Your guide to a better future
We compare TVs in a lab, side by side, to find the best picture, design and features for the money.
Editorial Director — TVs and streaming
David has reviewed TVs, streaming services, streaming devices and home entertainment gear at CNET since 2002. He is an ISF certified, NIST trained calibrator and developed CNET’s TV test procedure himself. Previously David wrote reviews and features for Sound & Vision magazine and eTown.com. He is known to two people on Twitter as “The Cormac McCarthy of consumer electronics.”
Fall is the time for new TVs to shine. Between sports like and and big streaming TV shows like and , you have lots of excuses to invest in a new screen. Fall is also the time when TV prices start coming down, like so many autumn leaves, in advance of the holiday season. Our list, featuring TVs we’ve reviewed side by side, is designed to help you find the best TV for you, from high-end to budget and everything in between.
One important tip: Consider first. New 2022 TVs are on store shelves and online retailers now, like better picture quality, more features and future-proof connections. But last year’s TVs are still available, too, and for the most part they’re just as good and much better deals. We’ve included an “Outlook” section for non-2022 TVs below to tell you about the newer models, where applicable.
Now, on to our picks.
No TV we’ve ever tested offers this much picture quality for as little cash. The TCL 6-Series Dolby Vision HDR TV has an excellent image thanks to mini-LED tech and well-implemented full-array local dimming that helps it run circles around just about any other TV at this price. It’s also a solid choice for gamers, with a THX mode that combines low input lag and high contrast. As if that’s not enough, the Roku TV operating system is our hands-down favorite.
This TV first came out in 2020 but is still a current model and remains our top choice. TCL also sells an 8K version of the 6-Series, but we don’t think it’s worth the extra money, as well as a Google-powered version we have yet to review (although according to TCL its image quality is the same as this Roku version).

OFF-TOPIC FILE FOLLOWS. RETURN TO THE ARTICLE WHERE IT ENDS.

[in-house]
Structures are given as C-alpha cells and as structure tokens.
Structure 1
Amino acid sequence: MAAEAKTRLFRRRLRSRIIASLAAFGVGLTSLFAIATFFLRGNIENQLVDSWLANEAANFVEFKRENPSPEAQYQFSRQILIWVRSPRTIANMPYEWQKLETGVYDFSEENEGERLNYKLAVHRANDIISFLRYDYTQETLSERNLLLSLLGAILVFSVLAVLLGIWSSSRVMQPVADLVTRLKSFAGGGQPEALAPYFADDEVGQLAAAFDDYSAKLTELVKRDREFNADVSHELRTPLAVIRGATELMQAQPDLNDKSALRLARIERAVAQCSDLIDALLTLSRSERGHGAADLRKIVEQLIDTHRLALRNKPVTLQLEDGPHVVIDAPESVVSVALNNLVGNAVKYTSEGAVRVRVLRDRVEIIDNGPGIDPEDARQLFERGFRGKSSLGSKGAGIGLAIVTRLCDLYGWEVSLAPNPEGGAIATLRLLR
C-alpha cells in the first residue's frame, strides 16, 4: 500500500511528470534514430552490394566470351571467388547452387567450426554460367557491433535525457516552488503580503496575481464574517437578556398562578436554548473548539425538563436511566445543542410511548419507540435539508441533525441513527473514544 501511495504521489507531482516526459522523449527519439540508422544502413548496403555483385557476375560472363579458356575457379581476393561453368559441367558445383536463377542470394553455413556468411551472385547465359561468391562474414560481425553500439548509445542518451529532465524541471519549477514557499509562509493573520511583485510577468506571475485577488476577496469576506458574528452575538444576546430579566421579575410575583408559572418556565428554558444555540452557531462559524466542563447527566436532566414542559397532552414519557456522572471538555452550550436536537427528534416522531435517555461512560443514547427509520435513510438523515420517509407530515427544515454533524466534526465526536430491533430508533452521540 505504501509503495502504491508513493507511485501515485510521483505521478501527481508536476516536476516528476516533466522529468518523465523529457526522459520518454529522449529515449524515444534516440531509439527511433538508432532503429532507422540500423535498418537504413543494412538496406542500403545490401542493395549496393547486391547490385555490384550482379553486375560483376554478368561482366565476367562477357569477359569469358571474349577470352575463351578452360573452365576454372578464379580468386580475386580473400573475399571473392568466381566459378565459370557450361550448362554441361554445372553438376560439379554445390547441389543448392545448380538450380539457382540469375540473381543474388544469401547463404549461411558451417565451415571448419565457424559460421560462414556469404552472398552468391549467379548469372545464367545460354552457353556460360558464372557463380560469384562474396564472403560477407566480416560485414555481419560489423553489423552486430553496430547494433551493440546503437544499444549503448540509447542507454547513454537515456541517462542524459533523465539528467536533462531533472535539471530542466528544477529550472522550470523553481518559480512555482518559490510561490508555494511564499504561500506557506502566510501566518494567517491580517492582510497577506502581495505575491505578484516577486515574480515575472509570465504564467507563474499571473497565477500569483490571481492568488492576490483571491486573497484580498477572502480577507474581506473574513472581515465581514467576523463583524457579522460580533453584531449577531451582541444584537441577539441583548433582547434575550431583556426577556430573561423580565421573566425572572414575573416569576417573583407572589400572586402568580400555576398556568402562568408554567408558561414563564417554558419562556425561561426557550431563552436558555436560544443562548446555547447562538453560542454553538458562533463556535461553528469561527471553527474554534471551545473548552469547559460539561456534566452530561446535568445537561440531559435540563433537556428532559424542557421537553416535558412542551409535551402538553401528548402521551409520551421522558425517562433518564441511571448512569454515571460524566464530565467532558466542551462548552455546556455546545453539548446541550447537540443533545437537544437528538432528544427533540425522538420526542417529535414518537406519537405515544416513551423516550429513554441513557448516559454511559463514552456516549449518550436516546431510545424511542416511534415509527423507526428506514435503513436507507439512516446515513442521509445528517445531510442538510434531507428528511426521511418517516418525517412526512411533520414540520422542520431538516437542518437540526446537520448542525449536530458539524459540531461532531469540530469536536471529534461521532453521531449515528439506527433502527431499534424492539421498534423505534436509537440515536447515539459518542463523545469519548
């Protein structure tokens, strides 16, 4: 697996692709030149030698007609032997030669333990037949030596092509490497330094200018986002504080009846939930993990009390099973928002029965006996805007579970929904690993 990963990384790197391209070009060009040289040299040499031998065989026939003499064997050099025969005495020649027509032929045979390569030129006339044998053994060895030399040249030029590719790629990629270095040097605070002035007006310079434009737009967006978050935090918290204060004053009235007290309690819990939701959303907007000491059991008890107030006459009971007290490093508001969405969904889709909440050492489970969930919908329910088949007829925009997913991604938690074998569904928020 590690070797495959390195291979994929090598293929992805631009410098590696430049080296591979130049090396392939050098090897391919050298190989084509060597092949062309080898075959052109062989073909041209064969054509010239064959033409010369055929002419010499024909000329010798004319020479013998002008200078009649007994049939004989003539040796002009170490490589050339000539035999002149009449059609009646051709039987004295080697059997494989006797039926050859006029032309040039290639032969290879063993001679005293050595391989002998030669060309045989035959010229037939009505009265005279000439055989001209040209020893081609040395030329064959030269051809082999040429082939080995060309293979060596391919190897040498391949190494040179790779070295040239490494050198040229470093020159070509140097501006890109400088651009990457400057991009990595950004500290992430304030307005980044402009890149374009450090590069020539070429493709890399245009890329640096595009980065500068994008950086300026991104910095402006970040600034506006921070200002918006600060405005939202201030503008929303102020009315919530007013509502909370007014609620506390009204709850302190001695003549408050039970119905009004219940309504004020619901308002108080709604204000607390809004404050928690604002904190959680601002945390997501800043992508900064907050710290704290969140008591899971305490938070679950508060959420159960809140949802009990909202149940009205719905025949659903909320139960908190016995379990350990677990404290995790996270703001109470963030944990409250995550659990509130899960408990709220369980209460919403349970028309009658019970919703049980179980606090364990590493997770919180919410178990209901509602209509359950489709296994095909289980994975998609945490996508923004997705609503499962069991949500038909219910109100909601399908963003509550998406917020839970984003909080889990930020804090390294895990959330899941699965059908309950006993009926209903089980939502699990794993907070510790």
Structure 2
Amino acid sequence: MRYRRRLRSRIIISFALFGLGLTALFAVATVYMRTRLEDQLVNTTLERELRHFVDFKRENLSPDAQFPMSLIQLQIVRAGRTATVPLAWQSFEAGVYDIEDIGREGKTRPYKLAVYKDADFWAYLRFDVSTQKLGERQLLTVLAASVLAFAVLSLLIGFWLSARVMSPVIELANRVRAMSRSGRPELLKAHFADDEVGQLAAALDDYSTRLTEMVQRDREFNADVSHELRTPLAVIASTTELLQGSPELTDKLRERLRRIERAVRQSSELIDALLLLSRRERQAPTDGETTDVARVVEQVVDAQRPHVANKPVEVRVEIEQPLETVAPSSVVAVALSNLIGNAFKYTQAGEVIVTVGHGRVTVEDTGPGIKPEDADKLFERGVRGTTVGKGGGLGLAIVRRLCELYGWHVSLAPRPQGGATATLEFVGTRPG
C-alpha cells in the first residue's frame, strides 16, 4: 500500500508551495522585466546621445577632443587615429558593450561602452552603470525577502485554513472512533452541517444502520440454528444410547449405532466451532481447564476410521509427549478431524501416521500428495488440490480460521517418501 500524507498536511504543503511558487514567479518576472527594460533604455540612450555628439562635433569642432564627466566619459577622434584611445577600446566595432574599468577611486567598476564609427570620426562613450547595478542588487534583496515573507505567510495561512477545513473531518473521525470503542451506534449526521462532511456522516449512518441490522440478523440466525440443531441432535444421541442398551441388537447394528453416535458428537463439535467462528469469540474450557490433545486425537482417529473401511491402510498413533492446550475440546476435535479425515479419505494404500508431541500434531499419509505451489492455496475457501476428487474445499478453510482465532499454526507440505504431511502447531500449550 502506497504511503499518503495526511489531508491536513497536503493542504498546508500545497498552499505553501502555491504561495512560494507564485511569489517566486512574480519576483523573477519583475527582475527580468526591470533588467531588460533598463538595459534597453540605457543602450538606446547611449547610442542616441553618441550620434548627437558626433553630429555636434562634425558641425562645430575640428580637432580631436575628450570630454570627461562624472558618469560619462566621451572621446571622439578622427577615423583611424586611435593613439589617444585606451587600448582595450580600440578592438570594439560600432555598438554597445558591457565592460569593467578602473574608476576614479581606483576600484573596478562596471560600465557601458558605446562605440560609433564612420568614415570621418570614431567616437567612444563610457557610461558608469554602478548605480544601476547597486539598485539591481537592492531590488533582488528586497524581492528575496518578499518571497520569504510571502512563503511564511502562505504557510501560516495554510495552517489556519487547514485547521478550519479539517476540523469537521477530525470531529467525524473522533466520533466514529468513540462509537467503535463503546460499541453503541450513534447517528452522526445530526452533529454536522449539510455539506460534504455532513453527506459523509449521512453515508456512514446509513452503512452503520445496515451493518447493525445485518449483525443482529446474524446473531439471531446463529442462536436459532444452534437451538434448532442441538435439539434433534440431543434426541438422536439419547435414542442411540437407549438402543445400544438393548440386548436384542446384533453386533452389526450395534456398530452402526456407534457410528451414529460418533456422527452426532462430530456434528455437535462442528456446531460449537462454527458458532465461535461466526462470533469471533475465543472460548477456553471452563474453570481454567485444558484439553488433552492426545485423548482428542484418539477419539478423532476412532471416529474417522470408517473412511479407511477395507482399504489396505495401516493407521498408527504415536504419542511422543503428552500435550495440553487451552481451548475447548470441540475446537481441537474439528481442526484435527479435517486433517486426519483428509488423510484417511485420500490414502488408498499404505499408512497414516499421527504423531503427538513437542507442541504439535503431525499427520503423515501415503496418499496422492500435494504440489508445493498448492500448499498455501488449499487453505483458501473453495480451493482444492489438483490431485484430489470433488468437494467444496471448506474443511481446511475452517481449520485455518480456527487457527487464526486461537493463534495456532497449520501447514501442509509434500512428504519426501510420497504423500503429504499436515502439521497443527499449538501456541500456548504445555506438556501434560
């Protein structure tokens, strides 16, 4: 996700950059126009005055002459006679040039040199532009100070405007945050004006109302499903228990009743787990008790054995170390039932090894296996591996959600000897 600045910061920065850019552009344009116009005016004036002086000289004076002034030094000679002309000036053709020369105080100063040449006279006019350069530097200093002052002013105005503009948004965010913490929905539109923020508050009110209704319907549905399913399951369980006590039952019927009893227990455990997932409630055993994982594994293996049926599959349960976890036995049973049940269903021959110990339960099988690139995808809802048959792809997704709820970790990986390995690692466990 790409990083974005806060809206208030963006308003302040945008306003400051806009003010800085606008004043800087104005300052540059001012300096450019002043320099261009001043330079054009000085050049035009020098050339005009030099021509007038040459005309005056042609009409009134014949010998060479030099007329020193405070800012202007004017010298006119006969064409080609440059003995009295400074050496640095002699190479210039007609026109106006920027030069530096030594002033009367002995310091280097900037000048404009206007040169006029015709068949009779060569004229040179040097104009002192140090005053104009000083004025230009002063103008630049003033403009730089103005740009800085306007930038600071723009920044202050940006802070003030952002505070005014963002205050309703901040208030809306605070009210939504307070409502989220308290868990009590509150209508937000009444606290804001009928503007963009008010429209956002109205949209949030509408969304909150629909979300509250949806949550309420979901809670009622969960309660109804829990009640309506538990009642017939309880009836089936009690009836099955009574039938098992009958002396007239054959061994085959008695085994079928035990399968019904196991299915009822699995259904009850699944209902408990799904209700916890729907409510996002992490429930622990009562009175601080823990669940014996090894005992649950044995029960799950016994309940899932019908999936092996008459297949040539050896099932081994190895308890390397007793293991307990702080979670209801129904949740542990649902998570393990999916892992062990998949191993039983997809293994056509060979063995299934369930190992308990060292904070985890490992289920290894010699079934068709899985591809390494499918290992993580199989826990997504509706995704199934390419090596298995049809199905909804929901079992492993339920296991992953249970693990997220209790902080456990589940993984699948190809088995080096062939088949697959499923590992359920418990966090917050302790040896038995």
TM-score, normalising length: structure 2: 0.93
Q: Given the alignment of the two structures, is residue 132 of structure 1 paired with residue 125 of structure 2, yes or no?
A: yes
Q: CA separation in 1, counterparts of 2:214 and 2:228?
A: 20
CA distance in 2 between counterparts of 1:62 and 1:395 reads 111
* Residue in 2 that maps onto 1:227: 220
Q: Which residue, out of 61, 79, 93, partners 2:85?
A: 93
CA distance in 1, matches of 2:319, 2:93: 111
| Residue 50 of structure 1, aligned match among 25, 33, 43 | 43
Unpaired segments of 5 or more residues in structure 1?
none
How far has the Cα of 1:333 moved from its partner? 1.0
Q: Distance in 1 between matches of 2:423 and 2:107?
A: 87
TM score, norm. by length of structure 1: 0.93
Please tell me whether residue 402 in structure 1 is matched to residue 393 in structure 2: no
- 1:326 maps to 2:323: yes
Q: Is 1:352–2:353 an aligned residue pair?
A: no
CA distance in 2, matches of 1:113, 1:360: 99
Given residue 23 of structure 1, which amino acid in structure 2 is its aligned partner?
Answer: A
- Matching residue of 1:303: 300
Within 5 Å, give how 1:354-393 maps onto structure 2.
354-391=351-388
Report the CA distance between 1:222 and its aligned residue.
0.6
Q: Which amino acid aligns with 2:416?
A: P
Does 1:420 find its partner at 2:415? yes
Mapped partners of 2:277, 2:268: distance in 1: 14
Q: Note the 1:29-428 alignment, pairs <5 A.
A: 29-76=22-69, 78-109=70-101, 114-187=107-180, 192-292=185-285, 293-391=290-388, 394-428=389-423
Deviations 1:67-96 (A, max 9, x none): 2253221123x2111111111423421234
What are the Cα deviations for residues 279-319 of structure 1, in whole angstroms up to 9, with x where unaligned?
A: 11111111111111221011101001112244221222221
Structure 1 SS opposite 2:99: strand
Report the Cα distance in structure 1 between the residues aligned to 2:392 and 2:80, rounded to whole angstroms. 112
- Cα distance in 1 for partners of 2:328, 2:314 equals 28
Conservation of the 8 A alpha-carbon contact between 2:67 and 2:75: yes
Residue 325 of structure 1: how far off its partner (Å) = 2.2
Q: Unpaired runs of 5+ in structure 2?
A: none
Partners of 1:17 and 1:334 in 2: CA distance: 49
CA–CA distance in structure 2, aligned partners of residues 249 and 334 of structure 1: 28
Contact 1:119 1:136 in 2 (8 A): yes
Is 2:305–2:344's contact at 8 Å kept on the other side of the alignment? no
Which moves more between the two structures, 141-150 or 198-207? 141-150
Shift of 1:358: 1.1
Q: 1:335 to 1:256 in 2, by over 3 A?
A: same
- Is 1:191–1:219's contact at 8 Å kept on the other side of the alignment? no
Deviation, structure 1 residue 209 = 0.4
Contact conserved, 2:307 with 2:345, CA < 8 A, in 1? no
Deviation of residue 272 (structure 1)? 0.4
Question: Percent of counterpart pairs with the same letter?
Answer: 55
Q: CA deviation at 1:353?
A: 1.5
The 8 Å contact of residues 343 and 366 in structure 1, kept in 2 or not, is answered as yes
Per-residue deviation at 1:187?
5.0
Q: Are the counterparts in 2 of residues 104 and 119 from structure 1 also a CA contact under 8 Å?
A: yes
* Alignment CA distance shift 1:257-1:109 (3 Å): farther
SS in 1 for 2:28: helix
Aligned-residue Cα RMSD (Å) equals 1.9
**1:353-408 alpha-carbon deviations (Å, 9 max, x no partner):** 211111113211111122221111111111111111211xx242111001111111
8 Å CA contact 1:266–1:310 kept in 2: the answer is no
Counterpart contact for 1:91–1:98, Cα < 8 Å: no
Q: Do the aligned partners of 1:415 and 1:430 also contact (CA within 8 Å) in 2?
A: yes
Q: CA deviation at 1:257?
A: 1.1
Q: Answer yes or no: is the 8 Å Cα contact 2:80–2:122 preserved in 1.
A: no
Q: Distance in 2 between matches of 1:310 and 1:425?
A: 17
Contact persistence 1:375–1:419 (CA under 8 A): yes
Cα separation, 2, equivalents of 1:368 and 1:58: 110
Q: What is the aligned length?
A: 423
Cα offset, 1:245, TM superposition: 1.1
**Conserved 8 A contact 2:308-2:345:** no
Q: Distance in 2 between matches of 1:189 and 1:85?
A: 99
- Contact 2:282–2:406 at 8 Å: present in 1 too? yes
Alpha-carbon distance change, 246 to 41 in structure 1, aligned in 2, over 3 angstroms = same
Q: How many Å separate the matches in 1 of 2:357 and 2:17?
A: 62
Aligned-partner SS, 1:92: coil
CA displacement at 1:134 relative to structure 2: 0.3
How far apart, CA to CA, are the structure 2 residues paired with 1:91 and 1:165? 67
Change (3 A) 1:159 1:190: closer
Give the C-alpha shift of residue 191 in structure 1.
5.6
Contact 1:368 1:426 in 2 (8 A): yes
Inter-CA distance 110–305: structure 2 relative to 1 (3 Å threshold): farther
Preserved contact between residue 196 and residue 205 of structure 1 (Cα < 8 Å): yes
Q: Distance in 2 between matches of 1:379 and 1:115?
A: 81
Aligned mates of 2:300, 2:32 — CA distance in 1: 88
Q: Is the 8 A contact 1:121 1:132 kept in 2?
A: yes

Sizes: 55-, 65-, 75-inch (The prices shown below are for the 65-inch size.)
Outlook: The replacement for this TV is the TCL R655 series. We haven’t reviewed it yet, but according to TCL it should be brighter than this model with more local dimming zones, as well as offering 144Hz input capability for gaming, an improved stand design and an 85-inch size. Pricing between the two series is similar.
Read our TCL 6-Series (2020 Roku TV) review.
The C2 represents the pinnacle of picture quality at a price that’s admittedly high, but not too crazy. It beats any non-OLED TV on this list, including the Samsung QN90B below, with its perfect black levels, unbeatable contrast and superb off-angle viewing. It also has superb gaming features, making it the perfect companion to an Xbox Series X or S, PlayStation 5 or both. The C2 comes in a variety of sizes as well, although the bigger models are expensive.
Improvements over the C1 from last year include carbon-fiber construction for up to 47% lighter weight — the 65-inch version we reviewed weighs just 37 pounds with its stand, compared to 72 pounds for the 65-inch C1 — as well as some additional tweaks to game mode and a new “always ready” feature.
Sizes: 42-, 48-, 55-, 65-, 77-, 83-inch. (The prices shown below are for the 65-inch size.)
Read our LG C2 series OLED TV review.
Roku is our favorite platform for live TV streaming services like Netflix, Hulu and Amazon Prime Video, and it’s even better baked into the TV. This TCL 4-Series can’t beat the models above on image quality — its 4K resolution and HDR performance don’t do much to help the picture — but it’s perfectly fine for most people, especially at this price.
We haven’t reviewed the latest version of this TV, the TCL S455 series, but it has similar specifications and we expect it to perform basically the same as the earlier model we did review.
Note that TCL also makes a Google TV and an Android TV version of the 4-Series. We haven’t reviewed them, but we expect similar picture quality to the Roku version.
Sizes: 43-, 50-, 55-, 65-, 75-, 85-inch. (The prices shown below are for the 50-inch size.)
The Vizio MQX is one of the least expensive TVs to feature full-array local dimming, which lets it reproduce TV shows, movies and games with enough contrast and pop to do HDR justice. The MQX has fewer dimming zones than more expensive TVs like the TCL 6-Series, but it offers 16 zones on the 50-inch, 30 on the 65-inch and 42 on the 75-inch, which is more than enough for excellent overall picture quality, with bright highlights, dark black levels, punchy contrast and accurate color.